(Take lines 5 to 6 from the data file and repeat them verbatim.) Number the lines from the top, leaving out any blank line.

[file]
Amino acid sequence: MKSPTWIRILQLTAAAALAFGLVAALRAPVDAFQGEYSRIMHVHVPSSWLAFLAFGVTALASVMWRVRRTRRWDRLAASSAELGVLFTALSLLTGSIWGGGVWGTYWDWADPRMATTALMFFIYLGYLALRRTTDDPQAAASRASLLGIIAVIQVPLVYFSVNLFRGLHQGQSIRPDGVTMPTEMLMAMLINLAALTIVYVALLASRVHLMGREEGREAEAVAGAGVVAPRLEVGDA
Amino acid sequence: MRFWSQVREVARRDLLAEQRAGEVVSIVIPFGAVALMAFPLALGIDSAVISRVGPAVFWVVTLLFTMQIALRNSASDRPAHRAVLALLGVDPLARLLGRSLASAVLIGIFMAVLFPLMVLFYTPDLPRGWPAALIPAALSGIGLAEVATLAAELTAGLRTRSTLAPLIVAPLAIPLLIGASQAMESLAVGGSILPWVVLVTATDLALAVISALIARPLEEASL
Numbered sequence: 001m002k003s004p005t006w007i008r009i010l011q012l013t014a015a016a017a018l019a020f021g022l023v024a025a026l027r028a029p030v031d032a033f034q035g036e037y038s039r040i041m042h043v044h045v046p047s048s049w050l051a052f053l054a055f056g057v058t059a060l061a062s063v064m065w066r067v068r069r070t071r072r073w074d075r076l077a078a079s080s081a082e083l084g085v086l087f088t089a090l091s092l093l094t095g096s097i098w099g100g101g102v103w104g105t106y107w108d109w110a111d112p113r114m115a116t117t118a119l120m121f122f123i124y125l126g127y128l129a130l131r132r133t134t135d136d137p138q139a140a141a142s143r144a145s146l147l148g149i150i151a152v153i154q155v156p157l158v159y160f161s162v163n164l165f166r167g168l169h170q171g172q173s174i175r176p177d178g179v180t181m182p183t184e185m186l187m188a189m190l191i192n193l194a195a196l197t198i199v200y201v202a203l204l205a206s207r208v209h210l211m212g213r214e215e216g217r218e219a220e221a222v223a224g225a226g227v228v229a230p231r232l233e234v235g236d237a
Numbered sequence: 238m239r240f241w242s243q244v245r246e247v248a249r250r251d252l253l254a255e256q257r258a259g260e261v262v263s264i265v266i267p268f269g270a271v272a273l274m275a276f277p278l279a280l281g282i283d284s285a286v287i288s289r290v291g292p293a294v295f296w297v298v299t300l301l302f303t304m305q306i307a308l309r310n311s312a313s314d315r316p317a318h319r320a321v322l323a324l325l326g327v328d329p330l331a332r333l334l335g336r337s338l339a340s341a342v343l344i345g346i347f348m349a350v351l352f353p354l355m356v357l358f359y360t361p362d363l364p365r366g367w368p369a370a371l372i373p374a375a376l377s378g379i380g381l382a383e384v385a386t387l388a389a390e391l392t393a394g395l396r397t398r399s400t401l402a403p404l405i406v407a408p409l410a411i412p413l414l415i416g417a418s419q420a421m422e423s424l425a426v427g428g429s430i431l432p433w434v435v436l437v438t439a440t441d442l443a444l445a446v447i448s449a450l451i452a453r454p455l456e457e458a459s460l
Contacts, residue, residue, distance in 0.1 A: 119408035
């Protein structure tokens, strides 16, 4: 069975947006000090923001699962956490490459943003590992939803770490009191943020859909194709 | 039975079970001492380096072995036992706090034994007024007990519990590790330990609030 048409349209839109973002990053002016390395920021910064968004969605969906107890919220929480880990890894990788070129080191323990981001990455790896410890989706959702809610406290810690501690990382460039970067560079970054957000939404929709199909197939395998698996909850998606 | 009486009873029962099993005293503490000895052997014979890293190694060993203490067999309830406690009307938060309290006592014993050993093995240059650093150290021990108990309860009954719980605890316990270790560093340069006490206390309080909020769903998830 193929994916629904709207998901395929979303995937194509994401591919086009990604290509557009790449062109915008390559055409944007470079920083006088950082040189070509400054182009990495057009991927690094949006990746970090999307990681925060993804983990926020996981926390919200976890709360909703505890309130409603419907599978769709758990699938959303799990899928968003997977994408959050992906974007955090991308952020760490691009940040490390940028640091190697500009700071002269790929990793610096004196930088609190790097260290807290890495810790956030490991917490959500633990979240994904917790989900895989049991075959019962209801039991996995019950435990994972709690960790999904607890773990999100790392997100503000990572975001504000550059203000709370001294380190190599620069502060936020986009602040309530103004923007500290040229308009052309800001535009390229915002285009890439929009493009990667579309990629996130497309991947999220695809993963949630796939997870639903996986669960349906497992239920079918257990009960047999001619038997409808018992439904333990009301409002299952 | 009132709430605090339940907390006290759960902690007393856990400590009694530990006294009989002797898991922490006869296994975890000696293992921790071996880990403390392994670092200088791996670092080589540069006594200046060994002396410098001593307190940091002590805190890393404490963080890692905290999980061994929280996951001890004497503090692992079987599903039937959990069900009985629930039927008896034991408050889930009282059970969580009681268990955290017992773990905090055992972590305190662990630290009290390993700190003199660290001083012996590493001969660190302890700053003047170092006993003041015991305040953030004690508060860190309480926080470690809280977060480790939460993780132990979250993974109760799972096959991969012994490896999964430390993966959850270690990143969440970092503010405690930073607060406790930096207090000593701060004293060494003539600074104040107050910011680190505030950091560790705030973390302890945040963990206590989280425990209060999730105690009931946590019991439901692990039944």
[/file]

Contacts, residue, residue, distance in 0.1 A: 119408035
């Protein structure tokens, strides 16, 4: 069975947006000090923001699962956490490459943003590992939803770490009191943020859909194709 | 039975079970001492380096072995036992706090034994007024007990519990590790330990609030 048409349209839109973002990053002016390395920021910064968004969605969906107890919220929480880990890894990788070129080191323990981001990455790896410890989706959702809610406290810690501690990382460039970067560079970054957000939404929709199909197939395998698996909850998606 | 009486009873029962099993005293503490000895052997014979890293190694060993203490067999309830406690009307938060309290006592014993050993093995240059650093150290021990108990309860009954719980605890316990270790560093340069006490206390309080909020769903998830 193929994916629904709207998901395929979303995937194509994401591919086009990604290509557009790449062109915008390559055409944007470079920083006088950082040189070509400054182009990495057009991927690094949006990746970090999307990681925060993804983990926020996981926390919200976890709360909703505890309130409603419907599978769709758990699938959303799990899928968003997977994408959050992906974007955090991308952020760490691009940040490390940028640091190697500009700071002269790929990793610096004196930088609190790097260290807290890495810790956030490991917490959500633990979240994904917790989900895989049991075959019962209801039991996995019950435990994972709690960790999904607890773990999100790392997100503000990572975001504000550059203000709370001294380190190599620069502060936020986009602040309530103004923007500290040229308009052309800001535009390229915002285009890439929009493009990667579309990629996130497309991947999220695809993963949630796939997870639903996986669960349906497992239920079918257990009960047999001619038997409808018992439904333990009301409002299952 | 009132709430605090339940907390006290759960902690007393856990400590009694530990006294009989002797898991922490006869296994975890000696293992921790071996880990403390392994670092200088791996670092080589540069006594200046060994002396410098001593307190940091002590805190890393404490963080890692905290999980061994929280996951001890004497503090692992079987599903039937959990069900009985629930039927008896034991408050889930009282059970969580009681268990955290017992773990905090055992972590305190662990630290009290390993700190003199660290001083012996590493001969660190302890700053003047170092006993003041015991305040953030004690508060860190309480926080470690809280977060480790939460993780132990979250993974109760799972096959991969012994490896999964430390993966959850270690990143969440970092503010405690930073607060406790930096207090000593701060004293060494003539600074104040107050910011680190505030950091560790705030973390302890945040963990206590989280425990209060999730105690009931946590019991439901692990039944």